I walked west along the southern track and after about 200 yards the red-headed ducks popped back into view, and this time I could see them clearly. Their white chins and necks (along with bills thicker than those of the Red-breasted Merganser), left no doubt that this was a pair of female Common Mergansers!

I followed them for a half hour, thinking they might meet up with the previously-reported male, but they did not and I never saw the male myself.

Common Mergansers are exceedingly rare on Central Park waters. The last eBird records of them were a single observation in 2006 and several sightings in February 2003.

Several weeks ago Common Merganser had been seen off of the NE shore of Randall’s Island. They did not turn up again on any of my visits. I did not expect to eventually see them on the Reservoir.

Common Mergansers prefer fresh water, and I suspect that the unusually cold weather of the last week has frozen the surface of many lakes to the north and put these ducks on the move.

Birders should also be on the watch for Canvasback, both on the Reservoir and also, more commonly, on the Hudson River.

–David Barrett

“The Central Park Effect” Comes to the Theater, Amazon, and Netflix

I just received a press release with the news about Jeffrey Kimball’s documentary focusing on Starr Saphir and Central Park birding. You will soon be able to see the film in a Manhattan theater, or order the DVD online.

Birders: The Central Park Effect is opening Friday, Jan 18th at the Cinema Village, 22 E. 12th St. New York City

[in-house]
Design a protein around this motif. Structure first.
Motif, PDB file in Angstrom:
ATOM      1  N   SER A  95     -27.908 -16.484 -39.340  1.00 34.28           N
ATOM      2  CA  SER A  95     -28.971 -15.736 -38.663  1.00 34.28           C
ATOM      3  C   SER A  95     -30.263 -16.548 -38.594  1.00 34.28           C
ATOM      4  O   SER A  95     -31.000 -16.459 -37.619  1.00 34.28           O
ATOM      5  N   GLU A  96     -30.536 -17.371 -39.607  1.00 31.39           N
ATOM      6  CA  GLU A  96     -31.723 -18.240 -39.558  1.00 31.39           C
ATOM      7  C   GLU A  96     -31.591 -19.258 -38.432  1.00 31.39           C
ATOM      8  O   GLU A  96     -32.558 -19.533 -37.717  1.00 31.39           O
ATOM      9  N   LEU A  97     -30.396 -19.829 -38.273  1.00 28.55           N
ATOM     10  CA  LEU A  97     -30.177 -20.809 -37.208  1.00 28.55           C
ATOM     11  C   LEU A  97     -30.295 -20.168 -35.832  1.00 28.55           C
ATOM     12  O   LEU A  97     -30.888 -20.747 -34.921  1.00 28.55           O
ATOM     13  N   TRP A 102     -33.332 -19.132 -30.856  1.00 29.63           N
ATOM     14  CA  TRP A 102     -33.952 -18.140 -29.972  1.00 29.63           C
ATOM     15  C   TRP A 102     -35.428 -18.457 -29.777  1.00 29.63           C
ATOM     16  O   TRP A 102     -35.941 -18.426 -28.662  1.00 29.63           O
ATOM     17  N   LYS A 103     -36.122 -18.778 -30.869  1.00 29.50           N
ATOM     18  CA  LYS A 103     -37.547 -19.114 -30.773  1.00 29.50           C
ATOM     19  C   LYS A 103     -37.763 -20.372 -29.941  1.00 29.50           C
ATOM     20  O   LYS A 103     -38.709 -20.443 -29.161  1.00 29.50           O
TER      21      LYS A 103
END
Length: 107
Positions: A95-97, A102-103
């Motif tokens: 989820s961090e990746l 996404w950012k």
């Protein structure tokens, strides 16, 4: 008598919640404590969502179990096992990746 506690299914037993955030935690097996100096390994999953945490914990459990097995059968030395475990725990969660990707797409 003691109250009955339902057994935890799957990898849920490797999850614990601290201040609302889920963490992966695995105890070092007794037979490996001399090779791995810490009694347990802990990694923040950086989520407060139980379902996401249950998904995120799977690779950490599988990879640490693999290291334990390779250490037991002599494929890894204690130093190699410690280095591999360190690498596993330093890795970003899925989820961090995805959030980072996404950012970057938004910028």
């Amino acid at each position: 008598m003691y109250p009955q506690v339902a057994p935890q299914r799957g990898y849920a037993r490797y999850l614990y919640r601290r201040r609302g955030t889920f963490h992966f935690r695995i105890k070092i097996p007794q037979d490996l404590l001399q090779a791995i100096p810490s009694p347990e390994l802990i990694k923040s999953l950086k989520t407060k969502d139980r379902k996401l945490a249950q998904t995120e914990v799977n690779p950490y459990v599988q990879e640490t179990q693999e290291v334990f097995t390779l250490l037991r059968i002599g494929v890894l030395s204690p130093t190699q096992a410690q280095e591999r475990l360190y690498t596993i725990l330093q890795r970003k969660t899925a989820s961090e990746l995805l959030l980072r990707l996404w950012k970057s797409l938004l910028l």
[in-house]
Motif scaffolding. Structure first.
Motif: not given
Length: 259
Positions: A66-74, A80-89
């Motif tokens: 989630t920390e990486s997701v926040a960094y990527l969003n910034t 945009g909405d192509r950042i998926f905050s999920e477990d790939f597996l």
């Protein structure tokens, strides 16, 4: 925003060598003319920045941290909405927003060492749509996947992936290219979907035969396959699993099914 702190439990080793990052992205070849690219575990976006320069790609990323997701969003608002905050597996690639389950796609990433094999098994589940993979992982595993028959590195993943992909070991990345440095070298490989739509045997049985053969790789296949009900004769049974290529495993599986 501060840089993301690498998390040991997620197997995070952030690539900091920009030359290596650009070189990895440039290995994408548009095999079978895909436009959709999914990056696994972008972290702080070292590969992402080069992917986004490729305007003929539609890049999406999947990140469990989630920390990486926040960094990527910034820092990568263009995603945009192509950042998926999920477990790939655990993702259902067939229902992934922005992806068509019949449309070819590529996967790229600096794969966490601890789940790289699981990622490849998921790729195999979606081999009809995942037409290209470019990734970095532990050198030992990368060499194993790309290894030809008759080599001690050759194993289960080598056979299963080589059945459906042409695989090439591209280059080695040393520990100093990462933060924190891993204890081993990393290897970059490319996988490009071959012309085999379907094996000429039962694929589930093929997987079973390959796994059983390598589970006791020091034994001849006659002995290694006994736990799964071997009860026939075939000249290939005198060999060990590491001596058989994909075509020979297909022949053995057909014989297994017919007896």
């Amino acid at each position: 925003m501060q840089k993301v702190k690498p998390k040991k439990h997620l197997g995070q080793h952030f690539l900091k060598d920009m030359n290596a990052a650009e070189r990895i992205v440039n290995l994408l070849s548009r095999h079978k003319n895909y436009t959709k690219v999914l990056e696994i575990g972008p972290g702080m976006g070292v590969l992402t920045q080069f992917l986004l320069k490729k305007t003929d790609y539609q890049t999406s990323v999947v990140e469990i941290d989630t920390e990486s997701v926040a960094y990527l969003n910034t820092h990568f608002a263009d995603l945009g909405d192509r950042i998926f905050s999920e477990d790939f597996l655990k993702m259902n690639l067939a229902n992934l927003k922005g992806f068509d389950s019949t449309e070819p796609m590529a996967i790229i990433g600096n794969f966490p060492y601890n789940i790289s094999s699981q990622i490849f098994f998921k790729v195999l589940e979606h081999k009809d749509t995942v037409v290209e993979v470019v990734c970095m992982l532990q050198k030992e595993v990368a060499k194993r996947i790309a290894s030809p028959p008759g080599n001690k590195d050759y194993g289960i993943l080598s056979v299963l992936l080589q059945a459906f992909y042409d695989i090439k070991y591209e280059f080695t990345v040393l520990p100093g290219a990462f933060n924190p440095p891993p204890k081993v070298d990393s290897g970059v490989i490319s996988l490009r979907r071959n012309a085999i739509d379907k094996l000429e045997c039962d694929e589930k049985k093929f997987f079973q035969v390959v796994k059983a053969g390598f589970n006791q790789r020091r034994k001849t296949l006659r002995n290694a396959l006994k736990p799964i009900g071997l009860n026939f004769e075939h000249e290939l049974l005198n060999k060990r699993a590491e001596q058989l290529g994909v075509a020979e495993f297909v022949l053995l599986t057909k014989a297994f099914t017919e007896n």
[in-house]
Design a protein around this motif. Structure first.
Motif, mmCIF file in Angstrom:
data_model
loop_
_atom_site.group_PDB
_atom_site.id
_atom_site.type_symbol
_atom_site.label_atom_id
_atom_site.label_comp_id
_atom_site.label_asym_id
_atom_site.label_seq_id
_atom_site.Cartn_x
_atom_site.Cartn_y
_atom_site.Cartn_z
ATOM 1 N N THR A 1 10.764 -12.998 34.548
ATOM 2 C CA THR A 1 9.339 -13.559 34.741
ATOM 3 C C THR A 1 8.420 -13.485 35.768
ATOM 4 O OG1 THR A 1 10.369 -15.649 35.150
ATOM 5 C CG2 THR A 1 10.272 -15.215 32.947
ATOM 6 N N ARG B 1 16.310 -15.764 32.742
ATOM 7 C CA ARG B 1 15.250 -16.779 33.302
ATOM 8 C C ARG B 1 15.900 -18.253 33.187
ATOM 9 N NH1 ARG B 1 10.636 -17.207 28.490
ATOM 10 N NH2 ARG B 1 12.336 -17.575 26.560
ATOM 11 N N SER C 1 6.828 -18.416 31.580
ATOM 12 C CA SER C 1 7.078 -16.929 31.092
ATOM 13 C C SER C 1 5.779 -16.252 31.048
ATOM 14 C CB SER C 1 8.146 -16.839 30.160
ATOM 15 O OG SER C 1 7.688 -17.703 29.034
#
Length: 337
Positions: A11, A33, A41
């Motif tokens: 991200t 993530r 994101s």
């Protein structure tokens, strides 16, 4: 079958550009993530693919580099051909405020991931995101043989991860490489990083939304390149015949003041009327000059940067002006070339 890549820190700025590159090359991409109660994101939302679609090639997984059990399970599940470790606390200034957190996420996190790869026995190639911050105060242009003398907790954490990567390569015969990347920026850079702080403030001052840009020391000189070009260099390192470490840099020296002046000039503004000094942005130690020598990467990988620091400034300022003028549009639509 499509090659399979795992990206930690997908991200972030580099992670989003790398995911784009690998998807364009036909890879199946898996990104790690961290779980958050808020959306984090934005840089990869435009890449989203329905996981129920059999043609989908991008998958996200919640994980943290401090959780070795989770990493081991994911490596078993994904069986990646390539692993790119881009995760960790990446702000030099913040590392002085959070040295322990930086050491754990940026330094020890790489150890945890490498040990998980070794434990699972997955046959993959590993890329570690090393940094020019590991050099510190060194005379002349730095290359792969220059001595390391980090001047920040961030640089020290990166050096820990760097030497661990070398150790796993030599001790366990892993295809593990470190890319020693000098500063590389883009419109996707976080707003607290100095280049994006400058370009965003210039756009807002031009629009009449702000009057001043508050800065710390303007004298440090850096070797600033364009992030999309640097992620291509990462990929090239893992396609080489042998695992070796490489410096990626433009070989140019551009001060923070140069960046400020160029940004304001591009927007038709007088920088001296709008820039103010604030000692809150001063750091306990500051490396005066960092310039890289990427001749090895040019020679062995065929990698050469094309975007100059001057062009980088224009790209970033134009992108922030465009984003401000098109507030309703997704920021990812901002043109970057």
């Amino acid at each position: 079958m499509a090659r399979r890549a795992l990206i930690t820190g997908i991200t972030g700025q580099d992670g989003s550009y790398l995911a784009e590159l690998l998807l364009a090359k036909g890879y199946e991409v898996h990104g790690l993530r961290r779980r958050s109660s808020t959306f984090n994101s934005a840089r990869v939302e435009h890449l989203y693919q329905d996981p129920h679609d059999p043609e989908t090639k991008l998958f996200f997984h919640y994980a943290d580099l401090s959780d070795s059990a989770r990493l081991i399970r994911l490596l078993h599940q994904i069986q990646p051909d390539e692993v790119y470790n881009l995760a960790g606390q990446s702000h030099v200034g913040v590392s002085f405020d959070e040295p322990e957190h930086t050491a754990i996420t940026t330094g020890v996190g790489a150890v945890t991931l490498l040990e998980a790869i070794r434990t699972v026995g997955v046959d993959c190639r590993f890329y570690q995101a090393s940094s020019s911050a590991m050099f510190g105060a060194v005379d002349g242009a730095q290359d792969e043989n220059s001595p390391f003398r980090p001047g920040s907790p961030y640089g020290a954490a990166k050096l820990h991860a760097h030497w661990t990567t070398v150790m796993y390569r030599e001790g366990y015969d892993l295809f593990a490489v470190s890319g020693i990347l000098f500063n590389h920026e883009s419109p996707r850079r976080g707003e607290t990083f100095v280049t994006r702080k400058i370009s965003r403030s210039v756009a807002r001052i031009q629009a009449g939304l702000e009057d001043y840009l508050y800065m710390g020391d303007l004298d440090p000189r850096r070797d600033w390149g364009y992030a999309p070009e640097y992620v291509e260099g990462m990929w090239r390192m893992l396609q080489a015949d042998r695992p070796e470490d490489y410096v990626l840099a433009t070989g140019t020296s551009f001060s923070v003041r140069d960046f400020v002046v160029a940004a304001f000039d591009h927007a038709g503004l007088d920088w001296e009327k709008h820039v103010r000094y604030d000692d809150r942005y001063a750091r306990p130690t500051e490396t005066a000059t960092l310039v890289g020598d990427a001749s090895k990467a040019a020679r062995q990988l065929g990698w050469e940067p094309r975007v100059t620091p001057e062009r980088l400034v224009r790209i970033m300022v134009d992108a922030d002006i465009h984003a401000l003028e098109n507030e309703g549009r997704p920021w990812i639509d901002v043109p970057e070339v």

Showings are twice daily at 3 PM and 7 PM from Jan 18th through Jan 24th.  For more information and to buy tickets: Cinema Village

The DVD will be available on January 22nd, from Amazon, Netflix and other outlets. More information is available at www.centralparkbirdfilm.com.

Viewing of “The Central Park Effect” This Tuesday

At 6pm this Tuesday, January 8th, the Linnaean Society of New York will present a screening of Jeffrey Kimball’s documentary The Central Park Effect at the American Museum of Natural History’s Linder Theater. Admission is free. Enter the museum through the 77th Street entrance.

This film focuses on Starr Saphir and features many other well-known Central Park birders. The bird photography and sound editing are top-notch. If you did not see this film on HBO last summer, you should consider seeing it now.

— David Barrett

A Message from Starr

Happy new year everyone!

I just got back from Inwood Hill Park where I had eight species. Last year I ended up with 396 birds across the United States, the first time I have had less than 400 species in a year in about 35 years. Oh, well! I have high hopes for this year.

The contest of 2012 that I have been watching with great interest all year is a big year in Manhattan. Our webmaster, David Barrett, led the eBird New York County rankings for much of the year. Yesterday, as David reported here, he was able to add two rare birds, Horned Lark and Snow Bunting. David finished with a whopping 208 species. Congratulations!

I have done several big years and they take many hours. Strategy, stamina, the right winds at the right time, and just plain good luck. Modern communications are invaluable.

To all birders out there, the best of everything in 2013!